AMMONIUM IN ZEOLITIZED TUFFS OF THE KARLOVASSI

Comments

Transcription

AMMONIUM IN ZEOLITIZED TUFFS OF THE KARLOVASSI
Canodian Mineralogbt
Vol. 30, pp.423-430 (1992)
AMMONIUM IN ZEOLITIZED
TUFFSOF THE KARLOVASSIBASIN,
SAMOS, GREECE
ANTHONY HALL
Department of Geologlt, Royal Hollowoy and Bedford New College (University of London),
Egham, Surrey TW20 OEX, U.K.
MICHAEL G. STAMATAKIS
Department of Geology, Notional University of Athens, Ponepistimiopolb, Ano llissio, 157 84, Athens, Greece
ABSTRACT
Miocene tuffs of the Karlovassibasin on the island of Samos,Greece,are largely altered to secondarydiagenetic
silicateassemblages.
Representativesamplesof theserocks have beenanalyzedfor the ammonium ion. Ammonium
was found to be presentin all the zeolitic rocks Q9-579 ppm, mean = 276 ppm), but there are higher levels of
ammonium in those tuffs that are enrichedin authigenicK-feldspar (316-913ppm, mean = 504 ppm). Comparisons
of ammonium content and mineralogy suggestthat most of the ammonium, even in the most zeolite-richrocks, is
held by secondary K-feldspar and not by zeolites. This is confirmed by the relatively small proportion of
cation-exchangeable
ammonium in the rocks.
Keywords: ammonium, tuffs, zeolites,K-feldspar, Karlovassibasin, Samos,Greece.
SoruuernE
Les tufs miocbnesdu bassinde Karlovassi,sur l'ile de Samos(Grbce),ont largement6t6 transform6en assemblages
de silicates diag6n6tiquessecondaires.Des 6chantillons repr6sentatifsde ces roches ont 6te analys6spour I'ion
ammonium. L'ammonium est pr6sentdans toutes les rochesi zeolites(29-579 ppm,276 ppm en moyenne),mais les
teneurssont plus 6lev6esencoredans les tufs enrichis en feldspath potassiqueauthigbne(316-913ppm, 504 ppm en
moyenne). D'aprds une 6tude des teneurs en ammonium en fonction de la mindralogie, la majeure partie de
I'ammonium, mOmedansles rochesles plus riches en z6olites,se trouverait dans le feldspathpotassiqueet non dans
la fraction z6olitique. Cette hypothise concorde avec la proportion relativementlimitee d'ammonium 6changeable
dans cesroches,
(Traduit par la R6daction)
Mots-clds:ammonium, tufs, z6olites,feldspathpotassique,bassinde Karlovassi,Samos,Grdce.
INTRoDUCTION
rocks have not yet been investigated.Zeolitic tufts
arepotentially a very favorablehost for ammonium
because of the cation-exchangeproperties of
zeolites. Moreover, the natural occurrence of
ammonium in zeolitic rocks is of more than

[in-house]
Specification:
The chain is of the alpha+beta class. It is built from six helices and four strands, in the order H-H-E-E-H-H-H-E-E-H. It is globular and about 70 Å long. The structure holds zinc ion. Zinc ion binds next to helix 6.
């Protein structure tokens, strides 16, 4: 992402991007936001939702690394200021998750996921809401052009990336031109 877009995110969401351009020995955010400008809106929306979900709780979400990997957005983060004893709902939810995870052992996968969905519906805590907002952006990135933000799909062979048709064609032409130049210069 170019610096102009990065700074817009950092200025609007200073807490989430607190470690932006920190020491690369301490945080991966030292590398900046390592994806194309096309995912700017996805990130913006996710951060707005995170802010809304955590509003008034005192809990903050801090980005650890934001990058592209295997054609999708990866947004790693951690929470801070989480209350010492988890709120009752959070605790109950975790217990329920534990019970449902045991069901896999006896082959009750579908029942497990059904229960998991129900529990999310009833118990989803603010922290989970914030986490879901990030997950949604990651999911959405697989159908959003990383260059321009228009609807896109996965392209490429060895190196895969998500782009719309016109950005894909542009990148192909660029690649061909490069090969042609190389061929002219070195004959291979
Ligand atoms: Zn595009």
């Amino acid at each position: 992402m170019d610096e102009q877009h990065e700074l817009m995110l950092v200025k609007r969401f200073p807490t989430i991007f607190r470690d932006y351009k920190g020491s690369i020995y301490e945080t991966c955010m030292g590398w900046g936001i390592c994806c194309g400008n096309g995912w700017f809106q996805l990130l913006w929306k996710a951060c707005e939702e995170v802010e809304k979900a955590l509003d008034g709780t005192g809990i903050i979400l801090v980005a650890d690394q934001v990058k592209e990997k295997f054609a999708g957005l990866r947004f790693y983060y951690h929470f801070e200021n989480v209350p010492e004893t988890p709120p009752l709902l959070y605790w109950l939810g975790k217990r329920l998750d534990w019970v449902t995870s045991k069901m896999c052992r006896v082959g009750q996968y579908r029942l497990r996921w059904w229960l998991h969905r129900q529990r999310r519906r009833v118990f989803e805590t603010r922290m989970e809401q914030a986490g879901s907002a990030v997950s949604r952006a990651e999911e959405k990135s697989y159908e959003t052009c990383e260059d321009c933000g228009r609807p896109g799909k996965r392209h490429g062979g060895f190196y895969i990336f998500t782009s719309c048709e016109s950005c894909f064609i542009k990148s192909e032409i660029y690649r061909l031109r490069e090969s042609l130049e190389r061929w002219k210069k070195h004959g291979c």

academicinterest, becauseof the attention now
being paid to their value in agriculture and water
treatment(Pond & Mumpton 1984,Kallo & Sherry
1988).
study to find
This is essentiallya reconnaissance
out how much ammonium is present in a major
occurrenceof bedded zeolitic rocks, and to find
out if there is any relationship between their
ammonium contents and their mineralogy. The
material studied is from the Miocene Karlovassi
basin on the island of Samos, in the Aegean Sea
The ammonium ion is widely distributed as a
minor constituentofigneousrocks.It behavesvery
much like a trace element, substituting isomorphously for potassium in the rock-forming
minerals. However, freshly eruptedvolcanic rocks
and their minerals do not contain ammonium.
Although it is presentin magmas,at atmospheric
pressureit is lost by volatilization at the temperature of eruption. Any ammonium present in
volcanic and pyroclastic rocks is therefore secondary in origin.
There have beenmany studiesof ammonium in
different types of rock, including sedimentary
(Williams et al. 1989), igneous (Hall 1988) and
metamorphic (Duit et al. 1986), but pyroclastic (Fie.l).
423
424
THE CANADIAN MINERALOGIST
SAMOS
r..--:=l
Neogcne rocks
q-Pkm
Frc. l. The Neogenesedimentarybasinsof the island of Samosin the easternAegeanSea.
appreciable proportion of smectite. Carbonate
mineralsare locally present,but are not abundant.
Petrographic studies and geological mapping
During the late Miocene,the Aegeanregion was
that the main sourceof authigenicsilicates
suggest
characterizedby the development of ephemeral
glassy
pyroclastic detritus. Zeolites formed
was
shallow basins, in which either marine or nonboron-bearingK-rich feldspar formed
marine evaporiteswere deposited.The region was first, and a
and alkalinity of the pore fluids
volcanically active, and many of these shallow later, asthe salinity
is a zonal distribution of
There
increased.
basins were partly filled with volcaniclasticsedisilicates, as shown in Figure 2, with